Mayor McCallum constructing 80-acre park, along one of Surrey’s major river systems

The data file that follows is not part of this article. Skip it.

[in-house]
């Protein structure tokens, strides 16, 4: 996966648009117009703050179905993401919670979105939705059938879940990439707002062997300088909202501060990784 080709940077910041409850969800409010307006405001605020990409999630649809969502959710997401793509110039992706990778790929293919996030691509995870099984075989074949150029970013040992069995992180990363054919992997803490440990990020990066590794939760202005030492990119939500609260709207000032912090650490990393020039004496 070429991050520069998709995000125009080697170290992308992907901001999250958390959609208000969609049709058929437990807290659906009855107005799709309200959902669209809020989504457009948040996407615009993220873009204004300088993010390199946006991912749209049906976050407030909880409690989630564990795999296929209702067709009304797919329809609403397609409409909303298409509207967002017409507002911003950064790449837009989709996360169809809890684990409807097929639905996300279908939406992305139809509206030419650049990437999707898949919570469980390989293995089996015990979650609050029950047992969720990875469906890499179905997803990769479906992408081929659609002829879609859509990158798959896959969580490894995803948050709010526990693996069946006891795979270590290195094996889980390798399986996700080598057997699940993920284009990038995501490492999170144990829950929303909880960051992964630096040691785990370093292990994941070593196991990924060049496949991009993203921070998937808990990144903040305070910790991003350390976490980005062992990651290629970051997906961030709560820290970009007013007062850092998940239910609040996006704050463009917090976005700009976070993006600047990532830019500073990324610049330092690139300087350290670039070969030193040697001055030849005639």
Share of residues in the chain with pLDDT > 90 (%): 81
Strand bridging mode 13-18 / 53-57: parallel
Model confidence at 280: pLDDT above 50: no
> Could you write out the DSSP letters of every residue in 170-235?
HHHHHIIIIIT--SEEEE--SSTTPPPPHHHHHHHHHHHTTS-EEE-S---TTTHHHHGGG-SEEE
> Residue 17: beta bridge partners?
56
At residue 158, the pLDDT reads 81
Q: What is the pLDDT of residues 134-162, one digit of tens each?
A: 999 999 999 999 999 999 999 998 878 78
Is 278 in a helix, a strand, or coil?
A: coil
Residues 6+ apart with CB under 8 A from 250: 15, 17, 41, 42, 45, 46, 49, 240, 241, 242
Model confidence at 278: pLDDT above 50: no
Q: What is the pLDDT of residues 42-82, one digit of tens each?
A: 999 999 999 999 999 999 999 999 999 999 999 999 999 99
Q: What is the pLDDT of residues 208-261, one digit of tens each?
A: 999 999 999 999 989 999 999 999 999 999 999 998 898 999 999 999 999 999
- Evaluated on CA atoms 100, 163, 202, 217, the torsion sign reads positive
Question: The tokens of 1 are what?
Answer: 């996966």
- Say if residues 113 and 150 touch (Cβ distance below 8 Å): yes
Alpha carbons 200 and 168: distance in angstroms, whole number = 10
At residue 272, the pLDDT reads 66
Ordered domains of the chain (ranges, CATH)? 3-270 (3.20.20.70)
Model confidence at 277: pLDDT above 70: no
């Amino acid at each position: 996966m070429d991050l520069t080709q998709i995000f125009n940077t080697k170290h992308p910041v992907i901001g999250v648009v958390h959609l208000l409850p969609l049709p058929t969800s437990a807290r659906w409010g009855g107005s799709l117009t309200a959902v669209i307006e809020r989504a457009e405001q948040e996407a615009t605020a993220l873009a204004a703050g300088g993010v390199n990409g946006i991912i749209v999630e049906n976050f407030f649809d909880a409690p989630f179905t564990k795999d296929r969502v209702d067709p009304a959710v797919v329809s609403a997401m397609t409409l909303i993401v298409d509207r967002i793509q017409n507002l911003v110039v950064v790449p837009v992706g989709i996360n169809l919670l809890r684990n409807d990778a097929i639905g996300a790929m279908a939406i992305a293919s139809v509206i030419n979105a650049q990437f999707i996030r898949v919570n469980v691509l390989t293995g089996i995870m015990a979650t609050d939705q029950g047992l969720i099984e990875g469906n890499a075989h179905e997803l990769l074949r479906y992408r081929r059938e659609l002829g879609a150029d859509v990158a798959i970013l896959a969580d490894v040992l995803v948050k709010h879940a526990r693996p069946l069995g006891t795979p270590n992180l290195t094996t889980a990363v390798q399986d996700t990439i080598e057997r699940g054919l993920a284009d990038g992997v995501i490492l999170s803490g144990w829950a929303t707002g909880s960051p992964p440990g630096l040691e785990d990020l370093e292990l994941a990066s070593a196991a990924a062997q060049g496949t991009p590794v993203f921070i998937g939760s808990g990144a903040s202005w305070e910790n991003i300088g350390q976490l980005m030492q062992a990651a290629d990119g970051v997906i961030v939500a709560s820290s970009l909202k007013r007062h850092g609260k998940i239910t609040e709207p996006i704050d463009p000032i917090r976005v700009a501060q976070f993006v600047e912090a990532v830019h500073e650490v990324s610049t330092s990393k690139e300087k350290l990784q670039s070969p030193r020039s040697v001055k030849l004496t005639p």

Surrey, B.C. – Mayor Doug McCallum and the City has released an update on the development of the concept design of phase one of the new Nicomekl Riverfront Park in preparation for a public engagement campaign planned in early 2023.The report provides residents with information on what has been completed to date, what is happening next, the site’s history and significance and the principles and rationale being used to plan and design the park.A more detailed update, including drawings and renderings, will be released closer to the date of the public engagement in 2023.“We are pleased with the progress being made on the design of the first phase of the Nicomekl Riverfront Park,” said Mayor Doug McCallum. “Designing and constructing an 80-acre park, along one of Surrey’s major river systems, is complex and innovative work and will take time to do it right. When complete, the park will provide residents with increased recreational amenities like trails, kayak and canoe launches, a playground and viewpoints. It will also protect the environment, support wildlife habitat and help Surrey adapt to climate change and sea level rise.”The project is being developed in three phases. The City is currently working on the detailed designs for phase one, the largest area (24 acres) of the project, known as the Hadden Mill and Oxbow zones, which are located on either side of King George Boulevard. Once complete, the design concept plan and drawings will be presented to the community for input in early 2023.Weaving together ecology, culture and recreation, the park will stretch from Elgin Road to 40 Avenue. Comprised of sensitive ecosystems, the area is historically and culturally significant and it will be designed to accommodate sea level rise and flooding. When complete, Nicomekl Riverfront Park will be 14 times larger than Crescent Beach Park in Surrey.The project is one of 13 Surrey project components to be partially funded through the Government of Canada’s Disaster Mitigation and Adaptation Fund (DMAF). The project was also approved in the City’s 2021 Five-Year (2021-2025) Capital Financial Plan.